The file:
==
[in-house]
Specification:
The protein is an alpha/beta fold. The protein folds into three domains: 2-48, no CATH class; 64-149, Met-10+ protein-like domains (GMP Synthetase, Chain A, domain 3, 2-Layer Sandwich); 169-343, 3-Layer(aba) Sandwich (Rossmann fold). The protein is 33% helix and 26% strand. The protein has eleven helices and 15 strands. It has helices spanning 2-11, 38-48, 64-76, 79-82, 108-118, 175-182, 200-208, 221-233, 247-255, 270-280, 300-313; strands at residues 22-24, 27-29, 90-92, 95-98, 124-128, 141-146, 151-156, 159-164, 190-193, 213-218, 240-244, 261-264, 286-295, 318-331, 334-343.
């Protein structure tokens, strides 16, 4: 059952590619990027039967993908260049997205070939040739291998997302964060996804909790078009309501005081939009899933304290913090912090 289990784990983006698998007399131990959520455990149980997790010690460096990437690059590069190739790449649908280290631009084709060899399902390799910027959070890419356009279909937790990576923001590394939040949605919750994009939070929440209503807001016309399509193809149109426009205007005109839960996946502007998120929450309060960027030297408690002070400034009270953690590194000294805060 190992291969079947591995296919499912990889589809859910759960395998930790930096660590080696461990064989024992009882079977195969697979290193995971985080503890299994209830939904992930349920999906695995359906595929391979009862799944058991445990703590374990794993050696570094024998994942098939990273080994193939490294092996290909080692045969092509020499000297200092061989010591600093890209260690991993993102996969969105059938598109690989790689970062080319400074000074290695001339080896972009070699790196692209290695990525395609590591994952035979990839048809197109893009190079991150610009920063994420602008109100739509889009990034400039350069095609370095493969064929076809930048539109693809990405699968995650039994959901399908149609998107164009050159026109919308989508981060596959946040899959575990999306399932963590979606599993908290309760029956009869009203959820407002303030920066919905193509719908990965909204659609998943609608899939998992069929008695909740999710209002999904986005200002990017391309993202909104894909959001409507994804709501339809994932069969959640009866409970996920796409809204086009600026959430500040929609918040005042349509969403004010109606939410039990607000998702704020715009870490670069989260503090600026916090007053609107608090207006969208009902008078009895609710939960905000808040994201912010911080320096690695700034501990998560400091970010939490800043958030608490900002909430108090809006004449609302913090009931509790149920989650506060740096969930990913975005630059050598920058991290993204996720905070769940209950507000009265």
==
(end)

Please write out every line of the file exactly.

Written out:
[in-house]
Specification:
The protein is an alpha/beta fold. The protein folds into three domains: 2-48, no CATH class; 64-149, Met-10+ protein-like domains (GMP Synthetase, Chain A, domain 3, 2-Layer Sandwich); 169-343, 3-Layer(aba) Sandwich (Rossmann fold). The protein is 33% helix and 26% strand. The protein has eleven helices and 15 strands. It has helices spanning 2-11, 38-48, 64-76, 79-82, 108-118, 175-182, 200-208, 221-233, 247-255, 270-280, 300-313; strands at residues 22-24, 27-29, 90-92, 95-98, 124-128, 141-146, 151-156, 159-164, 190-193, 213-218, 240-244, 261-264, 286-295, 318-331, 334-343.
């Protein structure tokens, strides 16, 4: 059952590619990027039967993908260049997205070939040739291998997302964060996804909790078009309501005081939009899933304290913090912090 289990784990983006698998007399131990959520455990149980997790010690460096990437690059590069190739790449649908280290631009084709060899399902390799910027959070890419356009279909937790990576923001590394939040949605919750994009939070929440209503807001016309399509193809149109426009205007005109839960996946502007998120929450309060960027030297408690002070400034009270953690590194000294805060 190992291969079947591995296919499912990889589809859910759960395998930790930096660590080696461990064989024992009882079977195969697979290193995971985080503890299994209830939904992930349920999906695995359906595929391979009862799944058991445990703590374990794993050696570094024998994942098939990273080994193939490294092996290909080692045969092509020499000297200092061989010591600093890209260690991993993102996969969105059938598109690989790689970062080319400074000074290695001339080896972009070699790196692209290695990525395609590591994952035979990839048809197109893009190079991150610009920063994420602008109100739509889009990034400039350069095609370095493969064929076809930048539109693809990405699968995650039994959901399908149609998107164009050159026109919308989508981060596959946040899959575990999306399932963590979606599993908290309760029956009869009203959820407002303030920066919905193509719908990965909204659609998943609608899939998992069929008695909740999710209002999904986005200002990017391309993202909104894909959001409507994804709501339809994932069969959640009866409970996920796409809204086009600026959430500040929609918040005042349509969403004010109606939410039990607000998702704020715009870490670069989260503090600026916090007053609107608090207006969208009902008078009895609710939960905000808040994201912010911080320096690695700034501990998560400091970010939490800043958030608490900002909430108090809006004449609302913090009931509790149920989650506060740096969930990913975005630059050598920058991290993204996720905070769940209950507000009265």